Foot infection is a major complication of diabetes mellitus (DM) and
its agents are usually polymicrobial. This study aims to describe the agent and determine the
association between polymicrobial infections and the severity of diabetic foot infections (DFI) and their outcomes.
This retrospective cohort study was conducted during one year and it involved
104 patients. Their records were reviewed and assessed. The causative agents and its sensitivity pattern were noted. The results were presented as descriptive statistic and analysed.
A total of 133 microorganisms were isolated with 1.28 microorganisms per lesion.
The microorganism isolated were 62% (n
= 83) GN (Gram-negative) and 38% (n
= 50) GP (Gram-positive). GN microorganisms include Pseudomonas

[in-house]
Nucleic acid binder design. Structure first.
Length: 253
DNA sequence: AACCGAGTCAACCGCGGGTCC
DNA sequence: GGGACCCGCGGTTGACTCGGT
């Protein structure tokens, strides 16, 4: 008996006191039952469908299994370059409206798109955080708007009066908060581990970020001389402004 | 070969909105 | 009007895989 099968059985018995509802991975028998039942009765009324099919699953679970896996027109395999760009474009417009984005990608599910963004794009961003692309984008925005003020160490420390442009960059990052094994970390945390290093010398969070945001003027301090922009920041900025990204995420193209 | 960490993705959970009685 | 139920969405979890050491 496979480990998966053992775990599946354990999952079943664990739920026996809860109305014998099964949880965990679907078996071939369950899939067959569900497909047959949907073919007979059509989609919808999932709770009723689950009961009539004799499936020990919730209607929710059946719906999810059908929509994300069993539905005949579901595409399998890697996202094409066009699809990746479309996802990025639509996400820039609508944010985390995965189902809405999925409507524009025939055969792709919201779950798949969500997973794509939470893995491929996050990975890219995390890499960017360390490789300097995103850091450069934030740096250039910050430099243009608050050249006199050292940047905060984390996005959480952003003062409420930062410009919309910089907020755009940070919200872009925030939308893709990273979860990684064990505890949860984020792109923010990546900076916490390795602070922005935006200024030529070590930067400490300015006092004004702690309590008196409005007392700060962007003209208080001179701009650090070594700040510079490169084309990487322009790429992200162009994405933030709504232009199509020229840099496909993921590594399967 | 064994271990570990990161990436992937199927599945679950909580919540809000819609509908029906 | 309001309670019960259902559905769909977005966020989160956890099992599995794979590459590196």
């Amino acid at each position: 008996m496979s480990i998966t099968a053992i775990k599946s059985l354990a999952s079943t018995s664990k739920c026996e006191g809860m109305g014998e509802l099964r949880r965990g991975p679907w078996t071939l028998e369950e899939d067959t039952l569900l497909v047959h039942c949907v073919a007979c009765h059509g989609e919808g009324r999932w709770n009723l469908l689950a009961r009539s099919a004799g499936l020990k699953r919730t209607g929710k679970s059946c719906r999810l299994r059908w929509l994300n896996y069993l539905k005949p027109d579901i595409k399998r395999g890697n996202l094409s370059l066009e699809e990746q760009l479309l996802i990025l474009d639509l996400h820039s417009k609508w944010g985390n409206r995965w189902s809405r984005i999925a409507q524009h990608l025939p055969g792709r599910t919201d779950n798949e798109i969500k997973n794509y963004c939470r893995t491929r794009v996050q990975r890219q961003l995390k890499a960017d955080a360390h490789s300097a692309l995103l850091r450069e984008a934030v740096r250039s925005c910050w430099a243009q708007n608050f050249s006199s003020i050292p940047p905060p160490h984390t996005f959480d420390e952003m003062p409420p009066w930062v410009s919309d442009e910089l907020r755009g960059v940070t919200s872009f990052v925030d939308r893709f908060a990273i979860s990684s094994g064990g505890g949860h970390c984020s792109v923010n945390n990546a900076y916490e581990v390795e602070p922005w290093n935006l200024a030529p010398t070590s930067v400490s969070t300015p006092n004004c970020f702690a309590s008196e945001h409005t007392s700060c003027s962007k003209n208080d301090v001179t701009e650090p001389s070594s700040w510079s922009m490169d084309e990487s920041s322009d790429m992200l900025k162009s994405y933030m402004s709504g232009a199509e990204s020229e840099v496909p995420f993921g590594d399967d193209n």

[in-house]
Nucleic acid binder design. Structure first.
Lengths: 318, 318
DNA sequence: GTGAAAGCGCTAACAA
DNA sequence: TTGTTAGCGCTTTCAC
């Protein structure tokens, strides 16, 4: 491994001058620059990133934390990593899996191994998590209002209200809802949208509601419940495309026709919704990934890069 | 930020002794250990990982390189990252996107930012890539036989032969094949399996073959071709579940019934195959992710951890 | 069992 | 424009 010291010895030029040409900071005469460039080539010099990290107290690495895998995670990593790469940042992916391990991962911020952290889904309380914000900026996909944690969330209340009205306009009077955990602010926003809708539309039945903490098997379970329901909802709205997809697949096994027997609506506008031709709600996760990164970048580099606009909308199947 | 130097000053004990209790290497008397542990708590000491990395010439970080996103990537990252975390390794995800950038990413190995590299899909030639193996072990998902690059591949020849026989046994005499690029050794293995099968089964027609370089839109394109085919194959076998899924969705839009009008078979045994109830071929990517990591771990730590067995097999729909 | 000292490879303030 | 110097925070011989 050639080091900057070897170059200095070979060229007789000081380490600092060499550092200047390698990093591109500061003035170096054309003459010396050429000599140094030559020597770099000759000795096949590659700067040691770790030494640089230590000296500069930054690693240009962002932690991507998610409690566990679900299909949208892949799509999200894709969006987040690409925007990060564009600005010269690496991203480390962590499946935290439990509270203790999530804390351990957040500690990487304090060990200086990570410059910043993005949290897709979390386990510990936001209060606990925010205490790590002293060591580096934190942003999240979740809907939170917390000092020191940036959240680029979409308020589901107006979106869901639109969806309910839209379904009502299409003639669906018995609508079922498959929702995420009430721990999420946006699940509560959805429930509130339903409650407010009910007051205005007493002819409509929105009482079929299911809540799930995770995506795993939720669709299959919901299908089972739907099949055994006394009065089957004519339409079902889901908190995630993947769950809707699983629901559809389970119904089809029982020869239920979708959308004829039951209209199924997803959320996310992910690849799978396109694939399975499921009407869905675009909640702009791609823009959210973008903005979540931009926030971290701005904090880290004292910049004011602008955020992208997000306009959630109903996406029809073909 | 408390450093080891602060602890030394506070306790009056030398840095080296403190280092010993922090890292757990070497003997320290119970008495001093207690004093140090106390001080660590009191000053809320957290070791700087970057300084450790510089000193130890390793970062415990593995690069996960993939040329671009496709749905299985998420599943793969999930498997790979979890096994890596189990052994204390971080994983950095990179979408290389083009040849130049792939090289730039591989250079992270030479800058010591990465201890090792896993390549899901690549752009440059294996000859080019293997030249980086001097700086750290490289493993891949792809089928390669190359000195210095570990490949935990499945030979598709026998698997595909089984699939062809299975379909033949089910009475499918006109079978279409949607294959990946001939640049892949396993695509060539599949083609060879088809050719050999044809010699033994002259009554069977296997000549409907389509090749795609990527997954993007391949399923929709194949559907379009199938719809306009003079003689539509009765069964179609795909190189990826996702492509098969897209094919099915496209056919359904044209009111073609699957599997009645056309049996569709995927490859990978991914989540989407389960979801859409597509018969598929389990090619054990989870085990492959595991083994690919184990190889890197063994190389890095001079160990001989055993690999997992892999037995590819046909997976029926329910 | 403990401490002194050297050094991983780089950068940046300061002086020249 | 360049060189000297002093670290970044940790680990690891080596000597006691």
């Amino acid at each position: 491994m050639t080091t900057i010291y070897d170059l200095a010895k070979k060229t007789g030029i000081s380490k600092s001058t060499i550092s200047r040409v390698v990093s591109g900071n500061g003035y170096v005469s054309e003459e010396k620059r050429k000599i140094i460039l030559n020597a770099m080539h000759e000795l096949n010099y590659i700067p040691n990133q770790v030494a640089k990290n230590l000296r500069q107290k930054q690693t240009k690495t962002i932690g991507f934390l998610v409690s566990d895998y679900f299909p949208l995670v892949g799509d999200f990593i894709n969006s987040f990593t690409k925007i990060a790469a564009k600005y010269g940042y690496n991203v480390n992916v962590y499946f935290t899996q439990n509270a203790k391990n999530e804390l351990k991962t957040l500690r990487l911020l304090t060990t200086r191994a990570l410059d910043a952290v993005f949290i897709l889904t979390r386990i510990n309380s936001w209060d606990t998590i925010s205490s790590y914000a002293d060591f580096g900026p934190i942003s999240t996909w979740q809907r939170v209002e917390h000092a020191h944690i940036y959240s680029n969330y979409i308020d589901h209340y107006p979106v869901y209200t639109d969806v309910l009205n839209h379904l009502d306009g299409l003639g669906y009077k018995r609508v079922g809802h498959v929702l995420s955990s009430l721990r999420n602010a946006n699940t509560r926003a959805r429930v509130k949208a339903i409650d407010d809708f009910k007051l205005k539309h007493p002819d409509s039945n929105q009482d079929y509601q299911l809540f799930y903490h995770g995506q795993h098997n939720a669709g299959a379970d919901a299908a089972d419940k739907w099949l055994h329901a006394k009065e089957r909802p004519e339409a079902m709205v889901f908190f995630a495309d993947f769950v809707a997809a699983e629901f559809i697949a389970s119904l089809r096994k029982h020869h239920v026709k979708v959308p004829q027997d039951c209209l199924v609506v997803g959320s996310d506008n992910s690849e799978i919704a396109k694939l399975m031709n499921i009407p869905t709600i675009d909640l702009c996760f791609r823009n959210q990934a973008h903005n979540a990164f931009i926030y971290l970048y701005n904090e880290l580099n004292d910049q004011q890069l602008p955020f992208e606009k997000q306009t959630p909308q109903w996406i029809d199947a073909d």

spp (28%), Proteus
spp (11%), Klebsiella
(8%) and E. coli
(4%). Staphylococcus aureus
(54%) was predominant among GP, followed by
Group B Streptococci
(26%) and Enterococcus
spp (6%). Thirty patients (28.8%) had polymicrobial infections. The association between the quantity of microorganisms and severity of DFI was significant. Among severe DFI cases, 77.8% with polymicrobial microorganisms underwent amputation compared to 33.3% with monomicrobial infection.
GN microorganisms were predominantly isolated from DFIs and remained
sensitive to widely used agents. Polymicrobial infections were associated with DFI severity.